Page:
Roadside artifact in downtown Seattle now up for sale
From MyNorthwest: In the past few days, a tiny triangle of land along Denny Way and an odd little brick building — which KIRO Radio listeners learned last week was once home to a grand and glorious 1930s gas station — has been put on the market. A firm called Westlake Associates issued a flyer earlier this week, though as of Friday morning, the 0.12 acre parcel is not yet listed on the company’s website.
Late Thursday, KIRO Radio reached out to the broker listed on the flyer to find out more; so far, there has been no response. The King County Assessor values the property around $3 million, but Westlake Associates lists the price as “negotiable.” Assuming the property would be sold for redevelopment, it appears that a new structure there could be between 240 feet and 440 feet tall.
Permanent Route 66 Drive-Through Shield debuts on “National Drive-Thru Day,” Saturday, July 24, 2021
From The Bee: KINGMAN, Ariz. – The dedication ceremony will be held on “National Drive-Thru Day,” Saturday, July 24, from 5-8:00 p.m. It will be celebrated with music and a car show hosted at the Powerhouse, home of the Kingman Visitor Center and Arizona Route 66 Museum, located at 120 W Andy Devine Avenue, Kingman, Arizona. The car show will be capped at 66 cars, all car show entrees must be a classic or custom from 1991, or earlier and must pre-register to participate. For more information or to register for the car show, call the Kingman Visitor Center at (928) 753-6106 or email Kingman Tourism Director Josh Noble at firstname.lastname@example.org.
The evening event will wrap up with the inaugural lighting and first pass under the bright neon lights at sunset, approximately 7:45 p.m. Car show participants will follow in procession, driving under the shield directly following the inaugural lighting. All are welcome to witness the momentous occasion, public parking is available nearby on Beale Street adjacent to Locomotive Park.
Oakley’s Road Island Diner closes
From the Park Record: The Road Island Diner, the retro train-car-style eatery that was an Oakley landmark for 15 years, boasted food made from scratch and was a staple for many who passed through the East Side hamlet on their way to the Uinta Mountains, has closed.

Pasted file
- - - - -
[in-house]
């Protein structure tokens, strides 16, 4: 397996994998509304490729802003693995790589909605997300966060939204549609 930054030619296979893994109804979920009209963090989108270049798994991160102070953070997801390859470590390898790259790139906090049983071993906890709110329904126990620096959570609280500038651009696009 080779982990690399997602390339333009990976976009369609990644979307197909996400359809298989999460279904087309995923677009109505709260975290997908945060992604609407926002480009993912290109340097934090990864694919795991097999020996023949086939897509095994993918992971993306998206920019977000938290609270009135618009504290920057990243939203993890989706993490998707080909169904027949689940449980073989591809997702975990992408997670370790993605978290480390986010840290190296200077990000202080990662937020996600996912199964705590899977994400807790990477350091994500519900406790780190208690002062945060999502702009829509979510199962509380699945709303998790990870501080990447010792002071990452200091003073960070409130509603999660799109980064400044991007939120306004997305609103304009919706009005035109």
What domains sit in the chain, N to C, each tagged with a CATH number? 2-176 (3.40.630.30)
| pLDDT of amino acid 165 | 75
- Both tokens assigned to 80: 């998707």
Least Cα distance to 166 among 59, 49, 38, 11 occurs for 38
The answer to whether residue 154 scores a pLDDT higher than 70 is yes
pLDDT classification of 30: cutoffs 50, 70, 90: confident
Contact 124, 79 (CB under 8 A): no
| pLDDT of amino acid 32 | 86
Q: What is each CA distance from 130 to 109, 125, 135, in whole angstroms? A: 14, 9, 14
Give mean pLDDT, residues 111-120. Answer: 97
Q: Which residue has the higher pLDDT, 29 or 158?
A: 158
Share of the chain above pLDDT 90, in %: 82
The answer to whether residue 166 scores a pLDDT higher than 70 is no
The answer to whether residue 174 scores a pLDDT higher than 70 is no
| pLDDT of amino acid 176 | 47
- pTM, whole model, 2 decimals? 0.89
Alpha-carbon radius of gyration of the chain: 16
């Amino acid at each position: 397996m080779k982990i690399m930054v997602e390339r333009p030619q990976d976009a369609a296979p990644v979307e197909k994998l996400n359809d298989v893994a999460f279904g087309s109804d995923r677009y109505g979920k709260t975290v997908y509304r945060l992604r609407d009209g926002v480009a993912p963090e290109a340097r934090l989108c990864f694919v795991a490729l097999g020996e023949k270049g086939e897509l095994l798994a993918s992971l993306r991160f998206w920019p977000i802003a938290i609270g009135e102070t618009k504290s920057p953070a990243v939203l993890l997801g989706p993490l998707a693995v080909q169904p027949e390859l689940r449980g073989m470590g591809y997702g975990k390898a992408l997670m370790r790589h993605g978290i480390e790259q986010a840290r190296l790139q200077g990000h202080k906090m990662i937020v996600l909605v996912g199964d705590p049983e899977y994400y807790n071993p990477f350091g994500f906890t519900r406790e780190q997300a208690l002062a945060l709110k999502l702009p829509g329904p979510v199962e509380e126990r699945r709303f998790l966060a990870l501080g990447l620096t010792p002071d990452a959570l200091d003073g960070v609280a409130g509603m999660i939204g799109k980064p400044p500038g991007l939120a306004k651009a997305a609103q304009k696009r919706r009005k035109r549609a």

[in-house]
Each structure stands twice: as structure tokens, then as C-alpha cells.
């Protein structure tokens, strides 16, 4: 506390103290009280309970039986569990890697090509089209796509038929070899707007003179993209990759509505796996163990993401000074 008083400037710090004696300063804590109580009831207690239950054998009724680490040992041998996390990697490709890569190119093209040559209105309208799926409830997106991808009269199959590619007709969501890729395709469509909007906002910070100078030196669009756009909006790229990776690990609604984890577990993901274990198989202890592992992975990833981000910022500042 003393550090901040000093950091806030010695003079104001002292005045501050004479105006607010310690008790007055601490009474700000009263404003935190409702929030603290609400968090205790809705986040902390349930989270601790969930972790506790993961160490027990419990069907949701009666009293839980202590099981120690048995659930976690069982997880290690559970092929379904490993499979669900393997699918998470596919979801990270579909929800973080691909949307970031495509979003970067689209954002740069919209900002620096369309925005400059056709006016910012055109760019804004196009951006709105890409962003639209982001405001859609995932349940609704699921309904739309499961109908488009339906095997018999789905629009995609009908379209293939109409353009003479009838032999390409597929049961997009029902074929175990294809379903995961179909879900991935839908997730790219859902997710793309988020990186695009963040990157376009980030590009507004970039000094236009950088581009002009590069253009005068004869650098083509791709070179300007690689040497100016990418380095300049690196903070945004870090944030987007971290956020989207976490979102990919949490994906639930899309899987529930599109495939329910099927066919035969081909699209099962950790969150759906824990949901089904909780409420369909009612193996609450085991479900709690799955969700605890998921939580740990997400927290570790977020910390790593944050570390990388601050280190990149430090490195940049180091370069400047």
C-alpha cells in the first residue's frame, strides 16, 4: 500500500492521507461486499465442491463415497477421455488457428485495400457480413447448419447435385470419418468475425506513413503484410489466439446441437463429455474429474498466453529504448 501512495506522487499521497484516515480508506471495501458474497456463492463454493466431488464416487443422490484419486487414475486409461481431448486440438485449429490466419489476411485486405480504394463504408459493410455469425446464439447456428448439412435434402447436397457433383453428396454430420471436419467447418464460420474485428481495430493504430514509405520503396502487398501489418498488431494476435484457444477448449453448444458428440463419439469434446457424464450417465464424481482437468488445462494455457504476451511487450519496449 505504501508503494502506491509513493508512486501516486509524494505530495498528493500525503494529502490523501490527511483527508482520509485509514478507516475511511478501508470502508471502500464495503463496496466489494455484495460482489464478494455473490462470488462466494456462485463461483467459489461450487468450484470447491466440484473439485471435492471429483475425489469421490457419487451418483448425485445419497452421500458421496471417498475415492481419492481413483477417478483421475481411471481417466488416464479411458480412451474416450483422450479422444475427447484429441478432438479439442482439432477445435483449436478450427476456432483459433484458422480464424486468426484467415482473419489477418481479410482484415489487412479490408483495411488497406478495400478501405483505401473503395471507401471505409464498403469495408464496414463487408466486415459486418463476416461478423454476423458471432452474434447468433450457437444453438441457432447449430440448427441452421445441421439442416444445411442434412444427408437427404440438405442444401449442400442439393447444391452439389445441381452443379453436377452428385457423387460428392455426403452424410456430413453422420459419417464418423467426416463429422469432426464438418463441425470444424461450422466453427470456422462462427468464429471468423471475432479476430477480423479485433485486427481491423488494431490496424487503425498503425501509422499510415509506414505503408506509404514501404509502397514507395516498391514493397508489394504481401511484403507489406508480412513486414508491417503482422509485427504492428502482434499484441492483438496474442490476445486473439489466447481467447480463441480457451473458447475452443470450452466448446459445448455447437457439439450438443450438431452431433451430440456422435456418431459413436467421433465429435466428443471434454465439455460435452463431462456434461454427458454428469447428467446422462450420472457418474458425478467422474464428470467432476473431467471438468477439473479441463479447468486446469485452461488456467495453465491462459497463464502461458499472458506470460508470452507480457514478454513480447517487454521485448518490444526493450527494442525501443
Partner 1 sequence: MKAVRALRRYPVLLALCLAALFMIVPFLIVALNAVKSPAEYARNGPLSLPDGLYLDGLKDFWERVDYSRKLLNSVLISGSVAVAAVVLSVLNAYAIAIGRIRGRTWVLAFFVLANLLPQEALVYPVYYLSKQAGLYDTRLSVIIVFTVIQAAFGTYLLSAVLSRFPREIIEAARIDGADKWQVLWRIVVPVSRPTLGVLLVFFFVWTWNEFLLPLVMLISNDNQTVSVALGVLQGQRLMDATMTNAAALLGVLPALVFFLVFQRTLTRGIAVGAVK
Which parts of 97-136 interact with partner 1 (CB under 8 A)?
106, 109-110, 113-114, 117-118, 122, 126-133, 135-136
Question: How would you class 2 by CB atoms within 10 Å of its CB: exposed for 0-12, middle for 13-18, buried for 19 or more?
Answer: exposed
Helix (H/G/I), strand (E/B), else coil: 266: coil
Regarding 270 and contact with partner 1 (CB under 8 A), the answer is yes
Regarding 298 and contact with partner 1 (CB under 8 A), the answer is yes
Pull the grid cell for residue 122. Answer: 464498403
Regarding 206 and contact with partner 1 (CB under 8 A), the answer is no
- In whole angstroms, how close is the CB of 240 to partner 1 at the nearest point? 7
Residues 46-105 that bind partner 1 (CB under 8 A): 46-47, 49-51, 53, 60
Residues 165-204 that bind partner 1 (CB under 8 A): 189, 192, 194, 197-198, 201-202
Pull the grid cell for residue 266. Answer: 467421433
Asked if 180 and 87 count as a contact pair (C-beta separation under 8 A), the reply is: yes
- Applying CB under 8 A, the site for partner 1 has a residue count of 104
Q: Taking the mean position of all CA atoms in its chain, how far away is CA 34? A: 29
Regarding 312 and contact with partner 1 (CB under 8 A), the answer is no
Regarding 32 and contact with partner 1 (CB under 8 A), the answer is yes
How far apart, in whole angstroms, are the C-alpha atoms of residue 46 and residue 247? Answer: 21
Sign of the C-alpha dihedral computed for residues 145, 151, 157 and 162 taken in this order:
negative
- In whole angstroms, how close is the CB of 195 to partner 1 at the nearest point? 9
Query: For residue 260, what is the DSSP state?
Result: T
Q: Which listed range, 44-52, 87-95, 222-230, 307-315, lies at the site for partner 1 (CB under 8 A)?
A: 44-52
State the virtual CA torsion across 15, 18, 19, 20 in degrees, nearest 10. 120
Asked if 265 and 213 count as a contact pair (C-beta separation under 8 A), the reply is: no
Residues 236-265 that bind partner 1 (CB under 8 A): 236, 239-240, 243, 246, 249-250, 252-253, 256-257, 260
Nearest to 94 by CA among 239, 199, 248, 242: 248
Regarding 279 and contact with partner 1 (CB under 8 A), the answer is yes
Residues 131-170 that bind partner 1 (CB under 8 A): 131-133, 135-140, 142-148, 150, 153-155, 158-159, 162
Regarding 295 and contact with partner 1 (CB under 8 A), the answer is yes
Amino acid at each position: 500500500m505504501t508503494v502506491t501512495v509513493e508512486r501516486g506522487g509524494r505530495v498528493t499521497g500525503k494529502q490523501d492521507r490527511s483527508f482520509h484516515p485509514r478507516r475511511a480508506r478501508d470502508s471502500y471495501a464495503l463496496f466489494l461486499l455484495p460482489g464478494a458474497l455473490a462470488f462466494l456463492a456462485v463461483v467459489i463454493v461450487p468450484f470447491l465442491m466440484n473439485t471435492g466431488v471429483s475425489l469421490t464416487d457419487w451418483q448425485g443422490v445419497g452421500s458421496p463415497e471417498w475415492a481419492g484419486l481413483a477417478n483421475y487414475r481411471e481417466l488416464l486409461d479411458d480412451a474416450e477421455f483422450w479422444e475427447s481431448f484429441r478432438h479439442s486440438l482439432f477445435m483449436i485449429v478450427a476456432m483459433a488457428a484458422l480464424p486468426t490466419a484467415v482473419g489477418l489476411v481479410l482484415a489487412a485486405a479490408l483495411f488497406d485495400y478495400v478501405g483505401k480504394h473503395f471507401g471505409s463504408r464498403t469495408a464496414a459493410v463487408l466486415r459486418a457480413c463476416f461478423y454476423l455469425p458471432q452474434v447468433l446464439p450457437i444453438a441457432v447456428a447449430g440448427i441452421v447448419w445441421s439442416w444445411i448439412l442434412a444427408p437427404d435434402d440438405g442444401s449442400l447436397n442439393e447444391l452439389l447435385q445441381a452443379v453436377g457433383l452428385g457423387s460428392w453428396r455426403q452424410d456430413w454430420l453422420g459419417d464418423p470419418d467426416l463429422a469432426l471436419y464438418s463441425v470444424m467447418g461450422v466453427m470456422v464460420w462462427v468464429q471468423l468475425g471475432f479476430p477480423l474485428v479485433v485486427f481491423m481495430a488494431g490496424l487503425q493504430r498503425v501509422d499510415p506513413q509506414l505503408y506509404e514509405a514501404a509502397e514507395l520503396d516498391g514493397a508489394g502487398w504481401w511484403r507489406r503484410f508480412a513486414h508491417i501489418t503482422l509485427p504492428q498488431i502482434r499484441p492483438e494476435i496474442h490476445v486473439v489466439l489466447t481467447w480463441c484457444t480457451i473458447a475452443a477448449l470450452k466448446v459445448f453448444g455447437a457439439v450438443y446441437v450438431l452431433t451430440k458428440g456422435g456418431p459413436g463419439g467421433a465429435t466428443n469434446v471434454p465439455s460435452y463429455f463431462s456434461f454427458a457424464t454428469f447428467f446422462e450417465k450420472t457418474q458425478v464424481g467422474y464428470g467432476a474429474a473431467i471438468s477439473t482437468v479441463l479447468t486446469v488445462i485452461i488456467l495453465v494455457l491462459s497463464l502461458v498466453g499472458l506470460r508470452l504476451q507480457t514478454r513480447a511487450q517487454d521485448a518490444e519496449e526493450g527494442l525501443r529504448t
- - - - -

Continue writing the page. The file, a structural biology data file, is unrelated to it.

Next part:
Steve Butler, who ran the diner with his wife, Ginny, said it wasn’t the pandemic that forced the closure, but rather the challenge of finding and keeping staff. The pair, who also run a catering company and a bed-and-breakfast in Oakley, pride themselves on preparing fresh, homemade food. But without enough employees, the time-consuming and labor-intensive work fell to them. Butler said it wasn’t sustainable.
The Coolest Airstream Resorts in the U.S.
From Travel+Leisure: Even as COVID-19 restrictions are lifted, many travelers are sticking to road trips this summer, with an estimated 56 million people hitting the road in their RVs. “Trip planning for RVers on Roadtrippers and Togo RV is up more than 50% from the peak of 2020, a year that saw the popularity of RVing explode,” says Ashley Rossi, managing editor at Togo RV, an app for RV travelers. “This increase has been steady since March of this year.”
Austin fast-food chain expands fresh burger concept to San Antonio
From the San Antonio Report: The tip of the retro-look triangular roof on the new P. Terry’s Burger Stand points directly northeast toward its birthplace.
On Monday, the Austin chain known for both fresh burgers and the Googie-style architecture of its restaurants opened its first San Antonio location at 8443 Wurzbach Road, the sharp angle of the restaurant roof saluting the P. Terry’s Capitol Plaza location.
“We wanted to make a strong statement with the first one,” said Todd Coerver, CEO of P. Terry’s, who spoke Thursday with the San Antonio Report about the design for the restaurant and its opening. “It was really helpful and sort of serendipitous that the site set up to where the building would point back to the mothership in Austin, so to speak.”